Tuesday, November 27, 2012
Tuesday, November 20, 2012
- Is an oxygen tank an option while enrolled in a hospice program?
- Yes, oxygen is always an option; especially if this will help make the patient more comfortable (hospice’s focus is comfort measures, rather than curative treatment).
- Can current medications be continued while enrolled in a hospice program?
- Yes, current medications can be continued, however the nurse and Medical Director will have to evaluate on a case by case basis whether these medications are in the best interest for the patients’ plan of care, which is determined by the patient and family. In fact, some current medications could be covered under the hospice benefit.
- What types of IVs are used while enrolled in a hospice program?
- IVs (intravenous method) are used for several reasons in hospice and sometimes they are not used at all depending on the needs and wants of a patient. One reason they are used is to distribute medicine (sometimes taking medicine in alternate ways like orally can be less painful for the patient). Another reason to use IVs is for fluid intake, which at times is necessary and at other times may not be necessary or even wanted (the nurse and Medical Director will decide on a case by case basis if IVs are needed based on the patients’ needs and wants).
- Can feeding tubes be continued while enrolled in a hospice program?
- Yes, feeding tubes can be continued as long as the patient is currently on a feeding tube and it will help keep them comfortable (for providing wanted nutrition) and pain free. It is recommended if a feeding tube is preferred by a patient, they should get one before enrolling in the hospice program because they are rarely provided by the hospice benefit.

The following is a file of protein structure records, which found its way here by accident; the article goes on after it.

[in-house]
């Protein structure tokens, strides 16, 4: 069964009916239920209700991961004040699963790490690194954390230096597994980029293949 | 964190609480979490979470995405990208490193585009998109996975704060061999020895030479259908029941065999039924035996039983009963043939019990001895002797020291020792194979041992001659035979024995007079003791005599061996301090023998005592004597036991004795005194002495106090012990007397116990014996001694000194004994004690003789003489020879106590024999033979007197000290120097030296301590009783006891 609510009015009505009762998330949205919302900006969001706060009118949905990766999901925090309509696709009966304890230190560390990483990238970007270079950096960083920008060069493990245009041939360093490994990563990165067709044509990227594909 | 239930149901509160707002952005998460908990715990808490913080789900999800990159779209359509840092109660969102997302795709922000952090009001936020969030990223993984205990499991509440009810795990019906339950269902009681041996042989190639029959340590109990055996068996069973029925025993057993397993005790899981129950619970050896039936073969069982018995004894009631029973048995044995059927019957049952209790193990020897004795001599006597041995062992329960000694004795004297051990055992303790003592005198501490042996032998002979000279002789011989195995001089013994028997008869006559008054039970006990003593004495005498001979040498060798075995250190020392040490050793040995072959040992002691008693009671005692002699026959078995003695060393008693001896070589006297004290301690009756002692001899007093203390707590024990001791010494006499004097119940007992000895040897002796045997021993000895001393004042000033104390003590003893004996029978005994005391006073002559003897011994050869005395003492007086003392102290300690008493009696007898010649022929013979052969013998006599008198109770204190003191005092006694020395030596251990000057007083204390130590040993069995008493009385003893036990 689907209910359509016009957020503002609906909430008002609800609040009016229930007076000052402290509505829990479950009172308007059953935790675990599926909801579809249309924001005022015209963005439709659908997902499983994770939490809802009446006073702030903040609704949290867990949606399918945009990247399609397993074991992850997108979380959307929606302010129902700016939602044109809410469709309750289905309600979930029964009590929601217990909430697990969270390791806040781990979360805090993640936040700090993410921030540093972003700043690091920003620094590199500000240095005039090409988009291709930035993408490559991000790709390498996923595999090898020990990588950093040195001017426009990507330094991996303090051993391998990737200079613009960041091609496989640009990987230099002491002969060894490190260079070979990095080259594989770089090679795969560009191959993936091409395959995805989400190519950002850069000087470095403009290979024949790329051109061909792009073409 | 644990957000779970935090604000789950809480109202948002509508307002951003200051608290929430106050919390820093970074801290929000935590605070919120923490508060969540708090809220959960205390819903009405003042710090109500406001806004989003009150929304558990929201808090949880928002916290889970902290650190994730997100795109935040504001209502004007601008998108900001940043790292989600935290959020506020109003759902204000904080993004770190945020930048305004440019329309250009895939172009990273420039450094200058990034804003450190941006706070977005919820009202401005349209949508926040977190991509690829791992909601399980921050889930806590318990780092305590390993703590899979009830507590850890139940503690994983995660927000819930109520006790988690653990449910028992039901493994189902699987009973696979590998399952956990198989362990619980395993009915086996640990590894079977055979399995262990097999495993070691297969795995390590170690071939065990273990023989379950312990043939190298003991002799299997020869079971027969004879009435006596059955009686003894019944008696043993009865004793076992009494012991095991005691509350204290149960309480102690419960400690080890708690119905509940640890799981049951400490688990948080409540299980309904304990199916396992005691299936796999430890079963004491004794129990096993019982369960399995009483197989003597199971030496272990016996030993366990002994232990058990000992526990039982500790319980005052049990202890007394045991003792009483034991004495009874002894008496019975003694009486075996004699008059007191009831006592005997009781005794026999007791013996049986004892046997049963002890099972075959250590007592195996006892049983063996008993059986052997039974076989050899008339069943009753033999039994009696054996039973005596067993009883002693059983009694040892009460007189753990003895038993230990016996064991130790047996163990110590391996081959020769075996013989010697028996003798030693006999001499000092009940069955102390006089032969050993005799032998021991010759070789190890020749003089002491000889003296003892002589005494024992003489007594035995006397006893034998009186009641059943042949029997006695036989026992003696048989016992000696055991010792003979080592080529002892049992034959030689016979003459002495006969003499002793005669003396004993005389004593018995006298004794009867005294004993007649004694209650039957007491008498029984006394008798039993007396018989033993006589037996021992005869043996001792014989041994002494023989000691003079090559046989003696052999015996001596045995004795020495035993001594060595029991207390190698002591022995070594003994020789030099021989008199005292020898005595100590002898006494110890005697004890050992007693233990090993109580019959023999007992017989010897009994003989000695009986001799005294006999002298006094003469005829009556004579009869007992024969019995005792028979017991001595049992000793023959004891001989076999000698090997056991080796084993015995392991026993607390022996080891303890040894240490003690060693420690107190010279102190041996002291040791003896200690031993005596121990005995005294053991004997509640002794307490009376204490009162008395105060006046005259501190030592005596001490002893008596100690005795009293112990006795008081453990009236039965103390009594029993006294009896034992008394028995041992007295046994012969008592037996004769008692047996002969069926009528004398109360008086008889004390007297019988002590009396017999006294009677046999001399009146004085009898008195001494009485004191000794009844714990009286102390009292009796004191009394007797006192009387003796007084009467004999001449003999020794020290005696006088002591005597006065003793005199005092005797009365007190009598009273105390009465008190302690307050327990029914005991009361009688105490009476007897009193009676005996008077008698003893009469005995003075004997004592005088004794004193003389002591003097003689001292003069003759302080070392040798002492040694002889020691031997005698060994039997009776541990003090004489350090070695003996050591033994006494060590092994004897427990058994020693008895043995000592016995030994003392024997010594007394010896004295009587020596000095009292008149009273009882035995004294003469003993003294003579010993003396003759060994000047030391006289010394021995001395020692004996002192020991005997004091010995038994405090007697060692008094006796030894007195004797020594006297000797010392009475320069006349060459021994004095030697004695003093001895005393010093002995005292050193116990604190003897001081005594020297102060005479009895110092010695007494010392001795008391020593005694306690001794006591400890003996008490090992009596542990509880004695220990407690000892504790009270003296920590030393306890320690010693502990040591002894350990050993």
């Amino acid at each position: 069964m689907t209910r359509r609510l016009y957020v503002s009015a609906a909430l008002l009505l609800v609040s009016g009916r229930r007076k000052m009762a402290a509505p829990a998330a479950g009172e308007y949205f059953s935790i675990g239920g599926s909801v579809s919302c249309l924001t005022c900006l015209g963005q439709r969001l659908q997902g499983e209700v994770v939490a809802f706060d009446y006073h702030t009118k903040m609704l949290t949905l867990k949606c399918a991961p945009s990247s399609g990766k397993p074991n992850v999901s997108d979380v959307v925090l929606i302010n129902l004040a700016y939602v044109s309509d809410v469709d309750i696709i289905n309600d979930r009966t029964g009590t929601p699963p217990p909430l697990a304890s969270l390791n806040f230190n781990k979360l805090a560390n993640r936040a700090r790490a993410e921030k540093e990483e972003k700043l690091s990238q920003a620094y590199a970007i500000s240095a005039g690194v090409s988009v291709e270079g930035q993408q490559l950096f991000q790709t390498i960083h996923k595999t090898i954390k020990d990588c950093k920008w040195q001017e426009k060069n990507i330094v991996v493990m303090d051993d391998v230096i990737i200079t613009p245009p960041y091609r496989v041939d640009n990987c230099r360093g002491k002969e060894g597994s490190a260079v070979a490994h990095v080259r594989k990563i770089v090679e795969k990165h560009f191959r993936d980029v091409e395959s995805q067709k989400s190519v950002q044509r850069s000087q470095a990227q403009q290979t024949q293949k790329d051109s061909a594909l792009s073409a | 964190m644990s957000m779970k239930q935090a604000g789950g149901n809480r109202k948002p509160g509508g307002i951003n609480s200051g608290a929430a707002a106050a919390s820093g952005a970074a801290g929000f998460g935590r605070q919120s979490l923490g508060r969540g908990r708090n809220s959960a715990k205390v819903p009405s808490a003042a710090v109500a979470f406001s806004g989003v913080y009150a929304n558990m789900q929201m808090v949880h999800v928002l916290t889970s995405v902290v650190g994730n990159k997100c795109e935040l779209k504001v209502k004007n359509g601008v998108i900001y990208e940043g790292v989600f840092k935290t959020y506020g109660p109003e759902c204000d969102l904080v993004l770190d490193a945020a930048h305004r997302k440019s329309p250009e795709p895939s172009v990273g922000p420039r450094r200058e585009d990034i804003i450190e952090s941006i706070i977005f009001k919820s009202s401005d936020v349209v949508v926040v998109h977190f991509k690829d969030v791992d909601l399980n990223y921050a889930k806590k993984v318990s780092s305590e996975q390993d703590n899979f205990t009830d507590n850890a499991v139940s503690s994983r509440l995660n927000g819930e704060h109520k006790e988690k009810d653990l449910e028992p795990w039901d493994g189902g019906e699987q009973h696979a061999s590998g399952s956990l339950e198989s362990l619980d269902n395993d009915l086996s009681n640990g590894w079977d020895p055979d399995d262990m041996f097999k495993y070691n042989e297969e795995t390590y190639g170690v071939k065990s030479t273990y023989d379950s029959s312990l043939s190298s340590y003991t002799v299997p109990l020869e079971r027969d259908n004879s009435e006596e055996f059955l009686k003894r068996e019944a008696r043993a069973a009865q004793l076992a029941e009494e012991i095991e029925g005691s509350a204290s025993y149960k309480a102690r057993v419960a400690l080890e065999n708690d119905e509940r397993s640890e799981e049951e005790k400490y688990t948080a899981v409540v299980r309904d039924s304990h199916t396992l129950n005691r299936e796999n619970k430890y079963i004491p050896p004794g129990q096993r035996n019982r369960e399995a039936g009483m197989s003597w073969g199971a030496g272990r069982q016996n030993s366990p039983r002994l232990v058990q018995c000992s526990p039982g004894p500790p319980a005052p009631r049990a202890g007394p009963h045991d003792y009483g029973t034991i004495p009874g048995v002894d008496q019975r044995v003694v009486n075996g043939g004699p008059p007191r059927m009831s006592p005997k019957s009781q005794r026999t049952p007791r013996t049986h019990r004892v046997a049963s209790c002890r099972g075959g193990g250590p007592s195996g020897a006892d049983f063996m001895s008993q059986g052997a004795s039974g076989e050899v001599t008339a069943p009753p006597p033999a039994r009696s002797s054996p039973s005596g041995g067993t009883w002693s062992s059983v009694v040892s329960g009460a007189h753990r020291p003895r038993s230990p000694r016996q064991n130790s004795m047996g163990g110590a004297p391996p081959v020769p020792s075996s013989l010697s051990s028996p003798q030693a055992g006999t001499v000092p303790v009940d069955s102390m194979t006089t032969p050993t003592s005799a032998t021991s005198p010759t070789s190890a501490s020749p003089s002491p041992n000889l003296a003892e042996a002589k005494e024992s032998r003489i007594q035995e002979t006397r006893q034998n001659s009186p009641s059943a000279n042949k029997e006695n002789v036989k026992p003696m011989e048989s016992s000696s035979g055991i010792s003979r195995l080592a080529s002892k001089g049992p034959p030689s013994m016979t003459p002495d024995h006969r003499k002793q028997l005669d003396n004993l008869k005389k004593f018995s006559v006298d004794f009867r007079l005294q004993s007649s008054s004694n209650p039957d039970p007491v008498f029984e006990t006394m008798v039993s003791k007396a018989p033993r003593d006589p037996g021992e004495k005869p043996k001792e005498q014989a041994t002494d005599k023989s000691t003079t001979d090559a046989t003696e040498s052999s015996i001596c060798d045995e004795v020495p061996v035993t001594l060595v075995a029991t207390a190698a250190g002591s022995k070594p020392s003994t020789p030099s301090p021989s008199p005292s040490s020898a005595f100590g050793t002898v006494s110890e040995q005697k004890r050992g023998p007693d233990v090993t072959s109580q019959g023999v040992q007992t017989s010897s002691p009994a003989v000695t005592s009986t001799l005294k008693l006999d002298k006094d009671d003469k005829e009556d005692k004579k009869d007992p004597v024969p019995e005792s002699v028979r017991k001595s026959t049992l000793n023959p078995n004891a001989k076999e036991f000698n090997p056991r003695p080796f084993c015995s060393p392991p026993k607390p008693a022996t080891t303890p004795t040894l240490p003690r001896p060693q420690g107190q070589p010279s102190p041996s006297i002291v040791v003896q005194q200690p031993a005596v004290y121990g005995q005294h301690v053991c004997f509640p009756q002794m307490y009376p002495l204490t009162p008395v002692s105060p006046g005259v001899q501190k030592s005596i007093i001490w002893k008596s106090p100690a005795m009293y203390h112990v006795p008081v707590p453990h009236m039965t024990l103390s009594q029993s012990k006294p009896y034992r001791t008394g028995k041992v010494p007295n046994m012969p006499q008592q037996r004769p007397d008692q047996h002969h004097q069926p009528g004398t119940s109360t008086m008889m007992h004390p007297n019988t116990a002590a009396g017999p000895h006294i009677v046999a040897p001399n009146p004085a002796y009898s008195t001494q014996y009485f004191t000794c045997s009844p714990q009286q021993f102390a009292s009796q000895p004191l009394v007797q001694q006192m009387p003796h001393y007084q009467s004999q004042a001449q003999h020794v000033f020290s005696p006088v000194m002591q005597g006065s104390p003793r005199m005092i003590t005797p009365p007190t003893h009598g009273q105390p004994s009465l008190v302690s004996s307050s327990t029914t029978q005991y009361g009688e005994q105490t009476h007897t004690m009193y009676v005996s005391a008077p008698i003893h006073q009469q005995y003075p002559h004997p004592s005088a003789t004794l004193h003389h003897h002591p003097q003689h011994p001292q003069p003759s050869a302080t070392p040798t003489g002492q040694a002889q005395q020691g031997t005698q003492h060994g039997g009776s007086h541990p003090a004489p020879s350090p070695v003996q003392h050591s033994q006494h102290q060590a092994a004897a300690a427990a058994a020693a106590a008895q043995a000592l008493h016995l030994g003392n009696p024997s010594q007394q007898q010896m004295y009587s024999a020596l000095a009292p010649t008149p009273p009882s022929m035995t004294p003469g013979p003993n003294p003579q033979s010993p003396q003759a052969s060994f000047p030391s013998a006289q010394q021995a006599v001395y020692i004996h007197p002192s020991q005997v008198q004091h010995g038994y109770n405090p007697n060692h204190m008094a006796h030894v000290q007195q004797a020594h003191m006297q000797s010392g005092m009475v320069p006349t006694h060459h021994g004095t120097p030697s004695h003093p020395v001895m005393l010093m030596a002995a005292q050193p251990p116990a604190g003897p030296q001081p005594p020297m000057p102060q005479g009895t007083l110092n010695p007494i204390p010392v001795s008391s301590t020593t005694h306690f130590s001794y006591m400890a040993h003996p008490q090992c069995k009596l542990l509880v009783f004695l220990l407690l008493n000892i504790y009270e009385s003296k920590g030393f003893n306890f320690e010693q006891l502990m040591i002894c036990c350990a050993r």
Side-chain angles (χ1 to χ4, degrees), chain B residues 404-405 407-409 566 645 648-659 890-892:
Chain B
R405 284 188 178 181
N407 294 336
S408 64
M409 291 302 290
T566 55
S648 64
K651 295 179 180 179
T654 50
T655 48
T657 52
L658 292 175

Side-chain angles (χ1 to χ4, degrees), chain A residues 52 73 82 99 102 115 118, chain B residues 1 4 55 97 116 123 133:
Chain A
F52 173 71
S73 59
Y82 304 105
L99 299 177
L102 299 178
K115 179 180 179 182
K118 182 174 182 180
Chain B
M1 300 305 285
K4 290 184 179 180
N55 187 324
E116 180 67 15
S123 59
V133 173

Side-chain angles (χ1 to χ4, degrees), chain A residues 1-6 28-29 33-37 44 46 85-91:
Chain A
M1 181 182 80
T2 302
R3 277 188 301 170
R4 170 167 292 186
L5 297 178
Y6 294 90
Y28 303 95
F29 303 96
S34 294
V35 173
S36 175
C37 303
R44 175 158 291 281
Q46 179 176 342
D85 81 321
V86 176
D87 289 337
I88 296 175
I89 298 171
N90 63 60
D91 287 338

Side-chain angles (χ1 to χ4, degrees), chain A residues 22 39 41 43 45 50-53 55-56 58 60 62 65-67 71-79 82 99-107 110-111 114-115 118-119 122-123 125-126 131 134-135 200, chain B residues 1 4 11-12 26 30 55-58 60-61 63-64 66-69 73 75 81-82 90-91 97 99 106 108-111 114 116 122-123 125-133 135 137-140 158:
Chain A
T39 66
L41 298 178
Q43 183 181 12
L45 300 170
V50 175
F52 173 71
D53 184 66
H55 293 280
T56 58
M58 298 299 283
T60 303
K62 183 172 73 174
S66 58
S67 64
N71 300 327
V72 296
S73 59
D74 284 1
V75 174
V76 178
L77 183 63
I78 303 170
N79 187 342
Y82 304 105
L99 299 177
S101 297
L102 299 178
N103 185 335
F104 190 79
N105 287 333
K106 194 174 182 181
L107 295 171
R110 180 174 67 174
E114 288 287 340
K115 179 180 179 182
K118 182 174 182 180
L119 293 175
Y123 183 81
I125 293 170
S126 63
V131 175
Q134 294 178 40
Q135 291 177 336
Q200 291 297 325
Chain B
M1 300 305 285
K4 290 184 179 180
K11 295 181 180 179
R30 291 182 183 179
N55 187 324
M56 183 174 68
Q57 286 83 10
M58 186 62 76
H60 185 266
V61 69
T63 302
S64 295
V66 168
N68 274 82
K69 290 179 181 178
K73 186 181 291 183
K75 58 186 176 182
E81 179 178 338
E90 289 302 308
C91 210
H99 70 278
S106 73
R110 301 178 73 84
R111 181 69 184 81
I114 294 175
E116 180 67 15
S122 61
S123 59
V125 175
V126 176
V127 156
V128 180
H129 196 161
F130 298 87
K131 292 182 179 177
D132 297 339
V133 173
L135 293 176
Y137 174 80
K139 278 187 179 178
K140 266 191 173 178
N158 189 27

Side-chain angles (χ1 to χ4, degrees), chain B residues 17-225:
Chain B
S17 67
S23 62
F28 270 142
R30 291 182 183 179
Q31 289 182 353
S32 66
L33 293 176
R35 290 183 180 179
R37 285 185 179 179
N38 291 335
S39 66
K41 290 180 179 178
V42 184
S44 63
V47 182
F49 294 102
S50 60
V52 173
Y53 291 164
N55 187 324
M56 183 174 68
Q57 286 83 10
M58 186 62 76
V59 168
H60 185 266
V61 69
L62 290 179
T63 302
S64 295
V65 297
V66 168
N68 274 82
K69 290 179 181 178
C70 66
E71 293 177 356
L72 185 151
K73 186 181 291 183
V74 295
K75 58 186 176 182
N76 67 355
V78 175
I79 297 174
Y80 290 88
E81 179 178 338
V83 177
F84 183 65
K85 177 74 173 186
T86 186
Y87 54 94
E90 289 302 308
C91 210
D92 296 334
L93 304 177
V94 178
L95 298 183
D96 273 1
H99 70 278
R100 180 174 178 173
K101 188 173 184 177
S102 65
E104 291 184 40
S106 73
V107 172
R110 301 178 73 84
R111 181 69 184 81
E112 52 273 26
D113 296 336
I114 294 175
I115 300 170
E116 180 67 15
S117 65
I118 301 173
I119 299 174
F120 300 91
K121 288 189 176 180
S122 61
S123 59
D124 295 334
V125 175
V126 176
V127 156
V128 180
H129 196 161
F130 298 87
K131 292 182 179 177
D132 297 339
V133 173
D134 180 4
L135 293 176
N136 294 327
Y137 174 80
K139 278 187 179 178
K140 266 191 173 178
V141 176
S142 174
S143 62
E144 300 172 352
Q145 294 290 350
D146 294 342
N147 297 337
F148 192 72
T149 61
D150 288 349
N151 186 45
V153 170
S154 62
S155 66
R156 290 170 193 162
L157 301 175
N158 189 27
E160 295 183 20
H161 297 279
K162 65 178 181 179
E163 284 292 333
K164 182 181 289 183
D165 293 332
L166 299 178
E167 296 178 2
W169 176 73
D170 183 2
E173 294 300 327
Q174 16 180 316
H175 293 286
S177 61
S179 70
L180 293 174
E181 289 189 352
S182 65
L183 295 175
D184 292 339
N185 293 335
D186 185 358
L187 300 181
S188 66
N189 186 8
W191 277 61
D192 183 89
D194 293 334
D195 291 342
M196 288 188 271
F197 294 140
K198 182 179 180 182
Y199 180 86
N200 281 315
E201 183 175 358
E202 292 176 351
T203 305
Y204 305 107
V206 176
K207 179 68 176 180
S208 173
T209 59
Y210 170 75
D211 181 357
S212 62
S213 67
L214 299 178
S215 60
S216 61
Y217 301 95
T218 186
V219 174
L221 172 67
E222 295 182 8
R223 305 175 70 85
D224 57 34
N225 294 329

Tuesday, November 6, 2012
The most important thing for people to understand during national hospice month (and always for that matter) is that when it is time to call hospice, hospice is here to help patients and families figure out what to expect during this end-of-life journey. Hospice is a special health care option, here to make sure patients and families are having the best quality of life at end-of-life. A team of professionals will come into the home or home-like setting and provide compassionate care for the individual with a prognosis of 6 months or less to live. Now understand, if someone outlives that 6 month criteria, a doctor will assess the individual again on their pain and symptoms associated with the terminal diagnosis. If the individual still has a prognosis of 6 months or less, they are still eligible for our services beyond the 6 month criteria. This journey does not have to be experienced alone. Call a local hospice to find out how and where people can get the comfort, love and respect they deserve.
One way a hospice can show comfort, love and respect is through patient centered care. The patients' wishes and needs are the most important piece of the circle of care. Another way, is relieving the stress of care giving by being another type of caregiver who is available for on-call support 24 hours a day, 7 days a week. Finally (but not last), hospices provide special training and programs to patients and families to ensure they are receiving the best quality care at the end-of-life to feel comfort, feel love and feel respect. Although only a few ways to show comfort, love and respect are listed, there are so many ways hospice organizations can show this to patients and families.
Help us share, educate, and reach out by subscribing to our blog and suggesting it to friends who will spread our message: Hospice of Southern Illinois is here to teach you what hospice is, what we are about, and what we can do for you and your loved ones. No one has to go through the dying process alone. Hospice of Southern Illinois can help.